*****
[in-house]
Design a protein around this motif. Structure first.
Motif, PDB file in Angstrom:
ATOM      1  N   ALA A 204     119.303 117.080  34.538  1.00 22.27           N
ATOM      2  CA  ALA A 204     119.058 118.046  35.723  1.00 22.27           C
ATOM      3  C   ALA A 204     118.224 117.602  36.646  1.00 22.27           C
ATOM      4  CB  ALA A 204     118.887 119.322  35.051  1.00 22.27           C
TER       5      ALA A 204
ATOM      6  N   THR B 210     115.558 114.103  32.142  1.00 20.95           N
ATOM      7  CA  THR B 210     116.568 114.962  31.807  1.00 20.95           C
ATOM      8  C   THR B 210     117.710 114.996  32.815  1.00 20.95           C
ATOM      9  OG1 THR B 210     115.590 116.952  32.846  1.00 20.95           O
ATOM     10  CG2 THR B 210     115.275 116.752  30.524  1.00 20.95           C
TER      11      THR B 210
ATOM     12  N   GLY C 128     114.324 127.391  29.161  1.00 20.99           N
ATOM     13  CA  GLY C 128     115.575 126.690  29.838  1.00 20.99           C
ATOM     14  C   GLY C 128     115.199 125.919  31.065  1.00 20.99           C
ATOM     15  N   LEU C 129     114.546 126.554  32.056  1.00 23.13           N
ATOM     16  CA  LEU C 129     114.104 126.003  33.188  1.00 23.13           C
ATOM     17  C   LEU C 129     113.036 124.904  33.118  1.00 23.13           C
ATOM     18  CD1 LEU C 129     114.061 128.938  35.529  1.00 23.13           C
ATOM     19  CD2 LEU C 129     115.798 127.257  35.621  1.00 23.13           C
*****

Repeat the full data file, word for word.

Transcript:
[in-house]
Design a protein around this motif. Structure first.
Motif, PDB file in Angstrom:
ATOM      1  N   ALA A 204     119.303 117.080  34.538  1.00 22.27           N
ATOM      2  CA  ALA A 204     119.058 118.046  35.723  1.00 22.27           C
ATOM      3  C   ALA A 204     118.224 117.602  36.646  1.00 22.27           C
ATOM      4  CB  ALA A 204     118.887 119.322  35.051  1.00 22.27           C
TER       5      ALA A 204
ATOM      6  N   THR B 210     115.558 114.103  32.142  1.00 20.95           N
ATOM      7  CA  THR B 210     116.568 114.962  31.807  1.00 20.95           C
ATOM      8  C   THR B 210     117.710 114.996  32.815  1.00 20.95           C
ATOM      9  OG1 THR B 210     115.590 116.952  32.846  1.00 20.95           O
ATOM     10  CG2 THR B 210     115.275 116.752  30.524  1.00 20.95           C
TER      11      THR B 210
ATOM     12  N   GLY C 128     114.324 127.391  29.161  1.00 20.99           N
ATOM     13  CA  GLY C 128     115.575 126.690  29.838  1.00 20.99           C
ATOM     14  C   GLY C 128     115.199 125.919  31.065  1.00 20.99           C
ATOM     15  N   LEU C 129     114.546 126.554  32.056  1.00 23.13           N
ATOM     16  CA  LEU C 129     114.104 126.003  33.188  1.00 23.13           C
ATOM     17  C   LEU C 129     113.036 124.904  33.118  1.00 23.13           C
ATOM     18  CD1 LEU C 129     114.061 128.938  35.529  1.00 23.13           C
ATOM     19  CD2 LEU C 129     115.798 127.257  35.621  1.00 23.13           C